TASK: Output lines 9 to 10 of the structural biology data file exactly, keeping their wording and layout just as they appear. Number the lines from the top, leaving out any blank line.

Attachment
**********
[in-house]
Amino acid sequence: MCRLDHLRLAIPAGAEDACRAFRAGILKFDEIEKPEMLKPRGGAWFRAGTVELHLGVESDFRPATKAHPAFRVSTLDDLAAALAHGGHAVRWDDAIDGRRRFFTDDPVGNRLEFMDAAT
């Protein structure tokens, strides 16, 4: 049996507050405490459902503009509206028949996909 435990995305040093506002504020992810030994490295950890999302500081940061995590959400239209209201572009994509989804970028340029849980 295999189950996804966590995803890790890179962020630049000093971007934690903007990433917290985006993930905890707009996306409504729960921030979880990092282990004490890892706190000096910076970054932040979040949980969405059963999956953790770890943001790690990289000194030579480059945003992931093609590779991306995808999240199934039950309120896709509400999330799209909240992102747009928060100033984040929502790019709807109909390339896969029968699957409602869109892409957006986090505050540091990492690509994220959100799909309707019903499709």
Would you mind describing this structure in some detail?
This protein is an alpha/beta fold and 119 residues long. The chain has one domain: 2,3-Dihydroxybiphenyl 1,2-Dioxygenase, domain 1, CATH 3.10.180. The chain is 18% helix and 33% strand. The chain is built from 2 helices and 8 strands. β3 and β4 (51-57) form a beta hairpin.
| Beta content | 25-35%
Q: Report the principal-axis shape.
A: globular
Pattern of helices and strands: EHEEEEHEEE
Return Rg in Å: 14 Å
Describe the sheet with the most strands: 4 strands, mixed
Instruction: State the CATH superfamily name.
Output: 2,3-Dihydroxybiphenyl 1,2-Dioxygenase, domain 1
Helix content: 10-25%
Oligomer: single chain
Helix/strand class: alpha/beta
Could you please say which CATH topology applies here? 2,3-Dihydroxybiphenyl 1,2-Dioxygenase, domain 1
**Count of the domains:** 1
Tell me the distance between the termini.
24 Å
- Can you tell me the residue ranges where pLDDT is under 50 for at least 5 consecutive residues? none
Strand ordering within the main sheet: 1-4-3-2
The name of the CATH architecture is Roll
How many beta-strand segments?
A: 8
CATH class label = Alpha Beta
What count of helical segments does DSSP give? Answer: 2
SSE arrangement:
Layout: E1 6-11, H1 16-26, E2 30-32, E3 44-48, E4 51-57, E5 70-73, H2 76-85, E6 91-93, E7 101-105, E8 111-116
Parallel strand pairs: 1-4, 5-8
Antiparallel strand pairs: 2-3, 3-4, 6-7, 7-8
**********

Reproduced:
Pattern of helices and strands: EHEEEEHEEE
Return Rg in Å: 14 Å